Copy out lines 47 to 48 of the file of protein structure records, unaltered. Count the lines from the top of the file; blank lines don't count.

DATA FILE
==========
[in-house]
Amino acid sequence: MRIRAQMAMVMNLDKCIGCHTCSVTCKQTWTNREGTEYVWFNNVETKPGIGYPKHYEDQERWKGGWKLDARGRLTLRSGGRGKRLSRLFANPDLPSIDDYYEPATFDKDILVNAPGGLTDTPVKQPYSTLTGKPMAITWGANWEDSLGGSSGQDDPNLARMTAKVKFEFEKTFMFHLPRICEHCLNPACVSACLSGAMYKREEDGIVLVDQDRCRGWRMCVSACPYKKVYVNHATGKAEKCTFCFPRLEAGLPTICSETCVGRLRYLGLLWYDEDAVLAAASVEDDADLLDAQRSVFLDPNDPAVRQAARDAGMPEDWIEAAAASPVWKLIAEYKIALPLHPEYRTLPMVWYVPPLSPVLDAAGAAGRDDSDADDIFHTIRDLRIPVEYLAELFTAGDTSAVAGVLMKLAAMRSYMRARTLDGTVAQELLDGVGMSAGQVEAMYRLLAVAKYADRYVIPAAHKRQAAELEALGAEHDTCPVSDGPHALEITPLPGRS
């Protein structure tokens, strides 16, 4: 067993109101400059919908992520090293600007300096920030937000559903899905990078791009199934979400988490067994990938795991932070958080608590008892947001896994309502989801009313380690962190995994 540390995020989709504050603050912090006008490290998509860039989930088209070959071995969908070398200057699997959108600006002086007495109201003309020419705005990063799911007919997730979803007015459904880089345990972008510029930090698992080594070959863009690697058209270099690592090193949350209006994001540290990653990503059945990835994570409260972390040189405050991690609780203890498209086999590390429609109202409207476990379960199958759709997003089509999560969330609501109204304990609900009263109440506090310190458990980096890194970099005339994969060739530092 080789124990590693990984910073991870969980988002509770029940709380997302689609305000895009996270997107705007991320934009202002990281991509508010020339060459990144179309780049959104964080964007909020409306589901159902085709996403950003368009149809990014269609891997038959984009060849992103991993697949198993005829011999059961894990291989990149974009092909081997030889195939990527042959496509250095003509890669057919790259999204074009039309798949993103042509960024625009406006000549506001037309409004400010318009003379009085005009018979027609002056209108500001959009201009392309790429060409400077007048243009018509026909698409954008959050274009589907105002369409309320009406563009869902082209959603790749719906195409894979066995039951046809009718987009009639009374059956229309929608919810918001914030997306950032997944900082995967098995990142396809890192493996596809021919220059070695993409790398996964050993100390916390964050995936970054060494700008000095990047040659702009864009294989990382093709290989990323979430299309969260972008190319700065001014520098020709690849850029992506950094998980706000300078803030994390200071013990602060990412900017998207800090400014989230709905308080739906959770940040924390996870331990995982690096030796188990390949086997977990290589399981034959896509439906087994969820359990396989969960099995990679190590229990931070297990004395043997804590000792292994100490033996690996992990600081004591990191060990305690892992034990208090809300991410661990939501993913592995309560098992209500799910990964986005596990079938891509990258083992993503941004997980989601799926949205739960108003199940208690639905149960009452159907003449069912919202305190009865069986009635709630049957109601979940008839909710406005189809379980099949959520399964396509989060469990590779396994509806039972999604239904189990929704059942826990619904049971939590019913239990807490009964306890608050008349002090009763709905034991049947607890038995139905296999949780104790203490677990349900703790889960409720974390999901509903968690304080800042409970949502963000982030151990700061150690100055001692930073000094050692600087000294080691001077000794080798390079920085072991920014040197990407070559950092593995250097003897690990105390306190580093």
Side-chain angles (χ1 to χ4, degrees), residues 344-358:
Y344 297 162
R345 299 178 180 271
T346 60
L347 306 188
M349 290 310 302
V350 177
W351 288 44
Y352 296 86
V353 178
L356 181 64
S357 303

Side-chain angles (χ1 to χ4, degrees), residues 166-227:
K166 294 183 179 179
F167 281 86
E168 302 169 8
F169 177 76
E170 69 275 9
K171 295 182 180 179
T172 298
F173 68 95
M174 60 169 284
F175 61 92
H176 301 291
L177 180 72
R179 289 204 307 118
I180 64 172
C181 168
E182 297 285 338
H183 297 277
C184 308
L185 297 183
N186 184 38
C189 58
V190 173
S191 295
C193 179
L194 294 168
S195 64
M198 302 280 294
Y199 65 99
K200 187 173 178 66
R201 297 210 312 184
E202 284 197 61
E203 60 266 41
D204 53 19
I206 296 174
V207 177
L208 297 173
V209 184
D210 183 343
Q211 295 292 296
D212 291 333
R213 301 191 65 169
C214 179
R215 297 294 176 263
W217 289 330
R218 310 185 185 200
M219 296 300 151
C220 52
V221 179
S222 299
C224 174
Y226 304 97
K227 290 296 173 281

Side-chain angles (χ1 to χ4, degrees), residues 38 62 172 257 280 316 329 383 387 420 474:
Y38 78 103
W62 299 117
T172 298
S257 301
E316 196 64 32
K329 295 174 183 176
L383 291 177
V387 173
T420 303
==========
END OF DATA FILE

E202 284 197 61
E203 60 266 41